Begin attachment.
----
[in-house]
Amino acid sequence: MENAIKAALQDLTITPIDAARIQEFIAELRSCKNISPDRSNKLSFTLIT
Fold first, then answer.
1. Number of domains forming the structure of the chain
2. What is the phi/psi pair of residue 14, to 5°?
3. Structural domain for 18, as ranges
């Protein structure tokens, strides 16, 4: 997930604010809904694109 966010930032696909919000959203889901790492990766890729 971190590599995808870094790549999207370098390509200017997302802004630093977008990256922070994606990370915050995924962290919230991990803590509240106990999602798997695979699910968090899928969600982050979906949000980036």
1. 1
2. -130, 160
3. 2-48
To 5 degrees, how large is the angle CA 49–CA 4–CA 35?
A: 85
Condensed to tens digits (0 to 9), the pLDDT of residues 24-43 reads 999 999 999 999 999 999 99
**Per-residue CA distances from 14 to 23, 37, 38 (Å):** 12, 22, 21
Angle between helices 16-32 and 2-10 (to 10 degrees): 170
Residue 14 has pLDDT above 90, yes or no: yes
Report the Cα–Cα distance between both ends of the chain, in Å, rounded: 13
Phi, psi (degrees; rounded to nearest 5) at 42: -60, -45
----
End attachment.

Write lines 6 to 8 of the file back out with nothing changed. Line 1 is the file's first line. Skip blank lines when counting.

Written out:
3. Structural domain for 18, as ranges
């Protein structure tokens, strides 16, 4: 997930604010809904694109 966010930032696909919000959203889901790492990766890729 971190590599995808870094790549999207370098390509200017997302802004630093977008990256922070994606990370915050995924962290919230991990803590509240106990999602798997695979699910968090899928969600982050979906949000980036």
1. 1